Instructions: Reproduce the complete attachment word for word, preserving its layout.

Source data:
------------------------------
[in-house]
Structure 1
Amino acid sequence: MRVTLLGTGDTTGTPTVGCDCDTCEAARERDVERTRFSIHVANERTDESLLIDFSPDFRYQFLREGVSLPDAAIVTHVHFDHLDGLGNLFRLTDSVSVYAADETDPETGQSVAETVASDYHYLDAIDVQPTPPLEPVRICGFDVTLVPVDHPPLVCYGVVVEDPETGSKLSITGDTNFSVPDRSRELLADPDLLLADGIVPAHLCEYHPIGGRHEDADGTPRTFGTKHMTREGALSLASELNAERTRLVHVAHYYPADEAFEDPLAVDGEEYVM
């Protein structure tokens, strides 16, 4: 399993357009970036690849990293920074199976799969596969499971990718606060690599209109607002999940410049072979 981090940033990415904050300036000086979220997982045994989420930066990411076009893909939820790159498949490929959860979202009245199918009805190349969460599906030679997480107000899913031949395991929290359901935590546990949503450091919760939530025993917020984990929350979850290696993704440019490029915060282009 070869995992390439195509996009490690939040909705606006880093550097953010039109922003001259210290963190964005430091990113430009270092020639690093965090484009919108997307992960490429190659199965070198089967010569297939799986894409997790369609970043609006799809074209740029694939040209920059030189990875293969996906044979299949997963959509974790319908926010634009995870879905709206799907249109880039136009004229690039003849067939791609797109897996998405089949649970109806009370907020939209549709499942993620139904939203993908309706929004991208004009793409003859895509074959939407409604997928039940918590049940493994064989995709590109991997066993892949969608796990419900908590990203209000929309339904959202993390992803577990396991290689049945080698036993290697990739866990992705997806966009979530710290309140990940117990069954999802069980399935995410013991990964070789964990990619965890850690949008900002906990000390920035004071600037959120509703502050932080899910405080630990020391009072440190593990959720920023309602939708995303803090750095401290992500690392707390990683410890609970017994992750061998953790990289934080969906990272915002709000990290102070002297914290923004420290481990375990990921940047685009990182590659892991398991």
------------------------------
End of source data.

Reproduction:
[in-house]
Structure 1
Amino acid sequence: MRVTLLGTGDTTGTPTVGCDCDTCEAARERDVERTRFSIHVANERTDESLLIDFSPDFRYQFLREGVSLPDAAIVTHVHFDHLDGLGNLFRLTDSVSVYAADETDPETGQSVAETVASDYHYLDAIDVQPTPPLEPVRICGFDVTLVPVDHPPLVCYGVVVEDPETGSKLSITGDTNFSVPDRSRELLADPDLLLADGIVPAHLCEYHPIGGRHEDADGTPRTFGTKHMTREGALSLASELNAERTRLVHVAHYYPADEAFEDPLAVDGEEYVM
């Protein structure tokens, strides 16, 4: 399993357009970036690849990293920074199976799969596969499971990718606060690599209109607002999940410049072979 981090940033990415904050300036000086979220997982045994989420930066990411076009893909939820790159498949490929959860979202009245199918009805190349969460599906030679997480107000899913031949395991929290359901935590546990949503450091919760939530025993917020984990929350979850290696993704440019490029915060282009 070869995992390439195509996009490690939040909705606006880093550097953010039109922003001259210290963190964005430091990113430009270092020639690093965090484009919108997307992960490429190659199965070198089967010569297939799986894409997790369609970043609006799809074209740029694939040209920059030189990875293969996906044979299949997963959509974790319908926010634009995870879905709206799907249109880039136009004229690039003849067939791609797109897996998405089949649970109806009370907020939209549709499942993620139904939203993908309706929004991208004009793409003859895509074959939407409604997928039940918590049940493994064989995709590109991997066993892949969608796990419900908590990203209000929309339904959202993390992803577990396991290689049945080698036993290697990739866990992705997806966009979530710290309140990940117990069954999802069980399935995410013991990964070789964990990619965890850690949008900002906990000390920035004071600037959120509703502050932080899910405080630990020391009072440190593990959720920023309602939708995303803090750095401290992500690392707390990683410890609970017994992750061998953790990289934080969906990272915002709000990290102070002297914290923004420290481990375990990921940047685009990182590659892991398991």